the Wife of Bath's Tale or from
the deptlTS" or your Psychology
Made Easy.
neighbor is aa attractive member of the other sex, increase
the staring time to 10 minutes,
or move to another seat, or
give up the idea of Studying
for the time being.
Then open your book's, scatter your notes ln an Impressive
array, and someone will be
sure to come"'and persuade you
its time to go for coffee.
If you should want a book
from the main desk always remember the first book you ask
for will be out, and the second
one will be down ln the reserve
room. Therefore put the book
you want most on the third
slip you make out and hand lt
to the librarian.
When you finally get down to
work, you still have to contend
with the floater. The floater
spends hla or her' time visiting
friends In the library. The vis-
Its consist of long animated conversations varying in volume
from a nvurmer to a small shout.
th-ods of dealing with the floater's conversation, which usually
directed to the person across
the table from you: (a) the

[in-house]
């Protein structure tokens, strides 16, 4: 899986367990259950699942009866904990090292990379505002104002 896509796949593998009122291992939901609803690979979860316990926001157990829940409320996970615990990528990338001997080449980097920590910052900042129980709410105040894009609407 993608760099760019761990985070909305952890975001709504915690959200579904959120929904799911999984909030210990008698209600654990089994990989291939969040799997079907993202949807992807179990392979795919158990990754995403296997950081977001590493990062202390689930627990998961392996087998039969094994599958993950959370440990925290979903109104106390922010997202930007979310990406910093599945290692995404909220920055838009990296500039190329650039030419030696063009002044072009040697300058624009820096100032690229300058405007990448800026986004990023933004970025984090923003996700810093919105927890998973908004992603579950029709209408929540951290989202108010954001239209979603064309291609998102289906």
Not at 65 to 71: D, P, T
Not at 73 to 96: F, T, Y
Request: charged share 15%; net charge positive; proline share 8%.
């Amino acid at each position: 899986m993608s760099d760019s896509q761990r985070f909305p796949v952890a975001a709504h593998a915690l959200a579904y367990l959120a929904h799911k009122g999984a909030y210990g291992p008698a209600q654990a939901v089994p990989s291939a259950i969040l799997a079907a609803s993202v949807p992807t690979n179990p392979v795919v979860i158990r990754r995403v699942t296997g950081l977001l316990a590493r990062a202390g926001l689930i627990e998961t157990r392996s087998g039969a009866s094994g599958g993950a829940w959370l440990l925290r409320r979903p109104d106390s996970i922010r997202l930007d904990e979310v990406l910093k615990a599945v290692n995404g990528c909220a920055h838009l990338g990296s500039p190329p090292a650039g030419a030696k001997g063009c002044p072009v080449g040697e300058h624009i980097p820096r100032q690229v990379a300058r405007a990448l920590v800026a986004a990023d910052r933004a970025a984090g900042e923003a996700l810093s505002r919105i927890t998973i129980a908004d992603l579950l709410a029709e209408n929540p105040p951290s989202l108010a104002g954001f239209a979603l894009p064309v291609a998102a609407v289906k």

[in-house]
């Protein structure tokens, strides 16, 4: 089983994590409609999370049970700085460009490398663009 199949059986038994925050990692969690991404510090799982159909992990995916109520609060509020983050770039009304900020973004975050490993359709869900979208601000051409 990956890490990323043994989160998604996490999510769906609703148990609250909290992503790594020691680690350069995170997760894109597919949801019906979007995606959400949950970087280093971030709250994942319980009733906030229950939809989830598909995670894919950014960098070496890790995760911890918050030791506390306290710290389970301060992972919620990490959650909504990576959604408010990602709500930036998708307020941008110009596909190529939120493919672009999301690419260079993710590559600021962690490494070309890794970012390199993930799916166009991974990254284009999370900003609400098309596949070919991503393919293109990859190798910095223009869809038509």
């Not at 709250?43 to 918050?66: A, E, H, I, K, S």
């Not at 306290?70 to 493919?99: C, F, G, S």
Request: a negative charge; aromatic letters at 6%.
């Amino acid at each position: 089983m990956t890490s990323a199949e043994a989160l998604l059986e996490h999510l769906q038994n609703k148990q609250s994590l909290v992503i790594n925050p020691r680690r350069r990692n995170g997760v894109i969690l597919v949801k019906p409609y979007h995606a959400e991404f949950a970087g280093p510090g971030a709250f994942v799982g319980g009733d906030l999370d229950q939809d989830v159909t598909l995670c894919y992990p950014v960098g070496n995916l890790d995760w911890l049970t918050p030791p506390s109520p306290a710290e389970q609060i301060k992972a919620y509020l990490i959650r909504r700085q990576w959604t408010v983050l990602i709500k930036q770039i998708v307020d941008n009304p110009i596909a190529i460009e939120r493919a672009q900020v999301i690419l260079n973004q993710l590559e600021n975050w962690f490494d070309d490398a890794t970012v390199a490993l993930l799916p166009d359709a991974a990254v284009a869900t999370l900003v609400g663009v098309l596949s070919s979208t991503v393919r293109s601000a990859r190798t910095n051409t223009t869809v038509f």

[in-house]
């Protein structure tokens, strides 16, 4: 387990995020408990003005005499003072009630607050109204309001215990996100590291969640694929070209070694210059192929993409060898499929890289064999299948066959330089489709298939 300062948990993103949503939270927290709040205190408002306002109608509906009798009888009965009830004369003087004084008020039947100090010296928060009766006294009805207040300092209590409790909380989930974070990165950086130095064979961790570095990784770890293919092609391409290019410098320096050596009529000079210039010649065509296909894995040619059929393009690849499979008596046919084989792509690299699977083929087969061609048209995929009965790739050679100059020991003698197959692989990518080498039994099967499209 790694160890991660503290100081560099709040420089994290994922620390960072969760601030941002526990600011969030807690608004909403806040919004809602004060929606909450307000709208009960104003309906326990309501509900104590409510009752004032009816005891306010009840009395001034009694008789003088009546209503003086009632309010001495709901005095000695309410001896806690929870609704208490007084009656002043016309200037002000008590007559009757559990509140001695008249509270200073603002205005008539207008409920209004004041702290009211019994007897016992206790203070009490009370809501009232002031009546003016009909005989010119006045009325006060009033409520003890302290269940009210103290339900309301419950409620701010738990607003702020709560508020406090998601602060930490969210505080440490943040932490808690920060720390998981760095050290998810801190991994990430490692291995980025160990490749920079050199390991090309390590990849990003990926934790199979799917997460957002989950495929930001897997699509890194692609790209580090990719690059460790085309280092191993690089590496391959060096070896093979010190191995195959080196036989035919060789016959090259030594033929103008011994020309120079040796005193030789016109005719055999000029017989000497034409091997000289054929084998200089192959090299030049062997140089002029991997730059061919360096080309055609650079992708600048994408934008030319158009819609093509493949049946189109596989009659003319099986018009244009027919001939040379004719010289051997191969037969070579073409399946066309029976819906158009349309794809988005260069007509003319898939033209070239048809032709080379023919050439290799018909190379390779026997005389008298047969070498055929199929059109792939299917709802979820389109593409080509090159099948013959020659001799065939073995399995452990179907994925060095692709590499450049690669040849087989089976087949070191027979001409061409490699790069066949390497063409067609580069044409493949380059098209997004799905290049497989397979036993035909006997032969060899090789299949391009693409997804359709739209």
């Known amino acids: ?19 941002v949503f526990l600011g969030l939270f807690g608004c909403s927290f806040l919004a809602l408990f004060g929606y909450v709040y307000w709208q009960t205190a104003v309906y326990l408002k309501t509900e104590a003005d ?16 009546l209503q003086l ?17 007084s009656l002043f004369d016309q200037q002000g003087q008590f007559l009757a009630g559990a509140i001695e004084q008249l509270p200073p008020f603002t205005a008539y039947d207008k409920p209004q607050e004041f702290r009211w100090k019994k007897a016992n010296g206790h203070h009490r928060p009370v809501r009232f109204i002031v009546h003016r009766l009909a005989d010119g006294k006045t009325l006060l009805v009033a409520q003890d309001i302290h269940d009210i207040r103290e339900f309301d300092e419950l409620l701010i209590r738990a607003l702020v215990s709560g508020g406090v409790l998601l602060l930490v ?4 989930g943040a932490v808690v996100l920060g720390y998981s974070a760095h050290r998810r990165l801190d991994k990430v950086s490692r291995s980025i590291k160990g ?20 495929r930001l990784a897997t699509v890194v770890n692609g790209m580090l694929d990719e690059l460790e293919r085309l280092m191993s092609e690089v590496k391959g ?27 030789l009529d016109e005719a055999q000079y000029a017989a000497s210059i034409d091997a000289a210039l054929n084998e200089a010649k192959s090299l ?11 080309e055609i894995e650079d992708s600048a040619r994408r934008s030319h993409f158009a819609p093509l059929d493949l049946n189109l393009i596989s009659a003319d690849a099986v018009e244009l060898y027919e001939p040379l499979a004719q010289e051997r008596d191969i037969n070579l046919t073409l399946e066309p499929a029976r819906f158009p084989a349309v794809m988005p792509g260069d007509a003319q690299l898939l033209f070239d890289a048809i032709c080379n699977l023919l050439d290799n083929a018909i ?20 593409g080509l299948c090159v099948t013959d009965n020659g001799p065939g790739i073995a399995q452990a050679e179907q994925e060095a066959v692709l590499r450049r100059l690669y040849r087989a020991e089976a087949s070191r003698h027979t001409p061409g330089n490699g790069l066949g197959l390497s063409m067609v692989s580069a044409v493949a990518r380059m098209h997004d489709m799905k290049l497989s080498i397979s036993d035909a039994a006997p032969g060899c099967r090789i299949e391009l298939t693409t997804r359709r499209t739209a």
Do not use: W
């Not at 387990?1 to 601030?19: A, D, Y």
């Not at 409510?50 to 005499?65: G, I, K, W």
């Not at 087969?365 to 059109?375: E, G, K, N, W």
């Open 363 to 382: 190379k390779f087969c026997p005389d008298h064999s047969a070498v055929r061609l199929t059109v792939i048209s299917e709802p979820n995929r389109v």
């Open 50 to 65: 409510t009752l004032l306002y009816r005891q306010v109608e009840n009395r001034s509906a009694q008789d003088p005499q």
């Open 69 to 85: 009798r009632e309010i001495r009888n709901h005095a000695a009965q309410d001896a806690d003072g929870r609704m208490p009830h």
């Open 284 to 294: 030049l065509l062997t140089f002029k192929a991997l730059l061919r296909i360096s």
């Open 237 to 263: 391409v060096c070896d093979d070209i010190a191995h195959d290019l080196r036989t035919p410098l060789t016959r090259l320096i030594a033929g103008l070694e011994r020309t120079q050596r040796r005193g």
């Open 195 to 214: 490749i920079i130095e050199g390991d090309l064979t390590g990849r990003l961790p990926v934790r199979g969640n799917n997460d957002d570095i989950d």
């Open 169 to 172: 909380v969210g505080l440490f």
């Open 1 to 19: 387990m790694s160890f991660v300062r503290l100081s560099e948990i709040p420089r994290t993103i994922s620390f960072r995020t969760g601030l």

cold stare—effective ln only 10
per cent of the cases, (h) the
throat clearing—good for most
cases, (c) thft direct request—
condemned by" Da*le Carnegie,
especially when framed in the
most effective words: "Will
you please shut up."
And Defence
in.Mted three years ago for
an International House
and the campus, finally became a reality this past
October with the official
opening   of   International
House. •
Three years ago Felicity
Pope and Fraae GInwala (now
at Columbia) decided that
UBC's international atmosphere  ..,- ,.^, _._,*, r 4u^ oriir u«» *»u-~ «,„
das -not increasing proportion- riTHE UBC reserve ^uadron of the RCAF has taken an
ately with the Increase In for- * interesting step in' its decision to recruit university; girls
elgn students. and in paying them the same salaries as the men receive.
They   felt   that   something        Unfortunately some short-sighted pacifists will denounce
mo#3 should be. done to Improve thijJ st     M another move in the game of "imperialistic ex-
and stimulate relations between .     ,, rri. .   .        <•   .      ±   ■> ... . ..., ,i
foreign born students and na- Panslon' This ls ""fortunate became .t is apparent that the
tlve Canadians. Soviets are determined to destroy the western system and
Present chairman ot Interna- all .that it stands for.
tlonal House, Raghbir Basl, who Uok at the rd and jud     for yourself. The Polish
attended   the   national   confer- iLi .       *■    ii      •■_     i. j -       j
ence of the U.N. Association ln government has been systematically absorbed or suppressed
Ottawa last yebr, was requested until the Communists were supreme. Russia has broken the